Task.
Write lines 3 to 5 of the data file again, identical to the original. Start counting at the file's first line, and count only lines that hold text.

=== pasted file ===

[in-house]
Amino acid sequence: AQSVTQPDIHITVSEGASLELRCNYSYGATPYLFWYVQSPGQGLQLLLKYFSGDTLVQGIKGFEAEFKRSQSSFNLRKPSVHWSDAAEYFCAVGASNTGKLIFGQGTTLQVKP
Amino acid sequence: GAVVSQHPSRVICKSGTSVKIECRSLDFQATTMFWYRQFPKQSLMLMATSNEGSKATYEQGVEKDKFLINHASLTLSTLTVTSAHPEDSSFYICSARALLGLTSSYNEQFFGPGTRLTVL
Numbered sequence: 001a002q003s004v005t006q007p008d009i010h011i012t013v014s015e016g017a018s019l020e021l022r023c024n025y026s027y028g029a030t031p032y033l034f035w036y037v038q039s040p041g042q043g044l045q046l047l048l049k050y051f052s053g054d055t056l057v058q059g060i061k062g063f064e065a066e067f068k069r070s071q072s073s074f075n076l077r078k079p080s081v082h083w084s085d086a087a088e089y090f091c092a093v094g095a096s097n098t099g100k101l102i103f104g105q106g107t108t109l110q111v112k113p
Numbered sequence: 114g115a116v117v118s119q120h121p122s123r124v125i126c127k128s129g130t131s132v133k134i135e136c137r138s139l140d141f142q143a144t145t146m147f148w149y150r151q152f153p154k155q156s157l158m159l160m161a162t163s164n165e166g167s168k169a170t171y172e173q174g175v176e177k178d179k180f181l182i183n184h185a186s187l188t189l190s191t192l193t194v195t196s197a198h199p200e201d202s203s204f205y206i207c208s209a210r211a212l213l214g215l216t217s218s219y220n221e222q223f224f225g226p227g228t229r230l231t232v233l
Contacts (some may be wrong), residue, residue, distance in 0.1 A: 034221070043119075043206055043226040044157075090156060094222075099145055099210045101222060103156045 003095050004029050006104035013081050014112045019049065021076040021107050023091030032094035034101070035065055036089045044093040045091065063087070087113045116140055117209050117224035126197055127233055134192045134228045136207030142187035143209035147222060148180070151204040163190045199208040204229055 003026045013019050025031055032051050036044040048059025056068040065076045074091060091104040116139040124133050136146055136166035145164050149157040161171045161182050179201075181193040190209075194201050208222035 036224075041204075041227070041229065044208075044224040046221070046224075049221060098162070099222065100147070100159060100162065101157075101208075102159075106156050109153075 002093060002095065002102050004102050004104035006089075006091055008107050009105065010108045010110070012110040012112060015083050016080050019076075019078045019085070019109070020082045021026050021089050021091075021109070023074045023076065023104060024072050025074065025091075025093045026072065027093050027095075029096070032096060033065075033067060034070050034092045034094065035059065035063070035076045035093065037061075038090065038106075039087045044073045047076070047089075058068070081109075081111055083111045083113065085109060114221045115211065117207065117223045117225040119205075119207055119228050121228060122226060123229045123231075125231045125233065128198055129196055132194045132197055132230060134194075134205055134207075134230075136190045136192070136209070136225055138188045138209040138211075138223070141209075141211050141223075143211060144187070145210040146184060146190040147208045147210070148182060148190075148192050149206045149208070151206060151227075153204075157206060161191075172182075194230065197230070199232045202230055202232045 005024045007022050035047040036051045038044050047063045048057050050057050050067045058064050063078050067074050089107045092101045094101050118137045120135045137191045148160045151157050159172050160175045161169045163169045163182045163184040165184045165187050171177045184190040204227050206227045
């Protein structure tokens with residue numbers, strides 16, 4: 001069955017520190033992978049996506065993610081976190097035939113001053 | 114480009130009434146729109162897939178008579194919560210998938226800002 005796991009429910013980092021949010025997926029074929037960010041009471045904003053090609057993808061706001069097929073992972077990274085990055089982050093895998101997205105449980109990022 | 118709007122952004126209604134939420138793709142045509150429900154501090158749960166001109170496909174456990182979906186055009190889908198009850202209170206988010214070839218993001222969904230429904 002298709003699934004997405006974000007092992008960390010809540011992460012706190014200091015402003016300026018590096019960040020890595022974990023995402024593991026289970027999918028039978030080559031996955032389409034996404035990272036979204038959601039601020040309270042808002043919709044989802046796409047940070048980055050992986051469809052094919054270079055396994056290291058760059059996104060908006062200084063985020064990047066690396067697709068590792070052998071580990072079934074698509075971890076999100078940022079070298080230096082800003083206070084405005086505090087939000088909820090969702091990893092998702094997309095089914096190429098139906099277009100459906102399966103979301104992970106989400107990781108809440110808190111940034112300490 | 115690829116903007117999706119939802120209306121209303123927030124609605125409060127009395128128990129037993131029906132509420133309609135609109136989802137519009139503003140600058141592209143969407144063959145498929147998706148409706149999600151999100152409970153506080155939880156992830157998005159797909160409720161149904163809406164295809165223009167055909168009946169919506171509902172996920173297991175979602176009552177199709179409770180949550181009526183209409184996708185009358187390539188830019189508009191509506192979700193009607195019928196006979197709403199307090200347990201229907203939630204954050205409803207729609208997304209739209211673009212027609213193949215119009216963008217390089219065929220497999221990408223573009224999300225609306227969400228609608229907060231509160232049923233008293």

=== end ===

Amino acid sequence: GAVVSQHPSRVICKSGTSVKIECRSLDFQATTMFWYRQFPKQSLMLMATSNEGSKATYEQGVEKDKFLINHASLTLSTLTVTSAHPEDSSFYICSARALLGLTSSYNEQFFGPGTRLTVL
Numbered sequence: 001a002q003s004v005t006q007p008d009i010h011i012t013v014s015e016g017a018s019l020e021l022r023c024n025y026s027y028g029a030t031p032y033l034f035w036y037v038q039s040p041g042q043g044l045q046l047l048l049k050y051f052s053g054d055t056l057v058q059g060i061k062g063f064e065a066e067f068k069r070s071q072s073s074f075n076l077r078k079p080s081v082h083w084s085d086a087a088e089y090f091c092a093v094g095a096s097n098t099g100k101l102i103f104g105q106g107t108t109l110q111v112k113p
Numbered sequence: 114g115a116v117v118s119q120h121p122s123r124v125i126c127k128s129g130t131s132v133k134i135e136c137r138s139l140d141f142q143a144t145t146m147f148w149y150r151q152f153p154k155q156s157l158m159l160m161a162t163s164n165e166g167s168k169a170t171y172e173q174g175v176e177k178d179k180f181l182i183n184h185a186s187l188t189l190s191t192l193t194v195t196s197a198h199p200e201d202s203s204f205y206i207c208s209a210r211a212l213l214g215l216t217s218s219y220n221e222q223f224f225g226p227g228t229r230l231t232v233l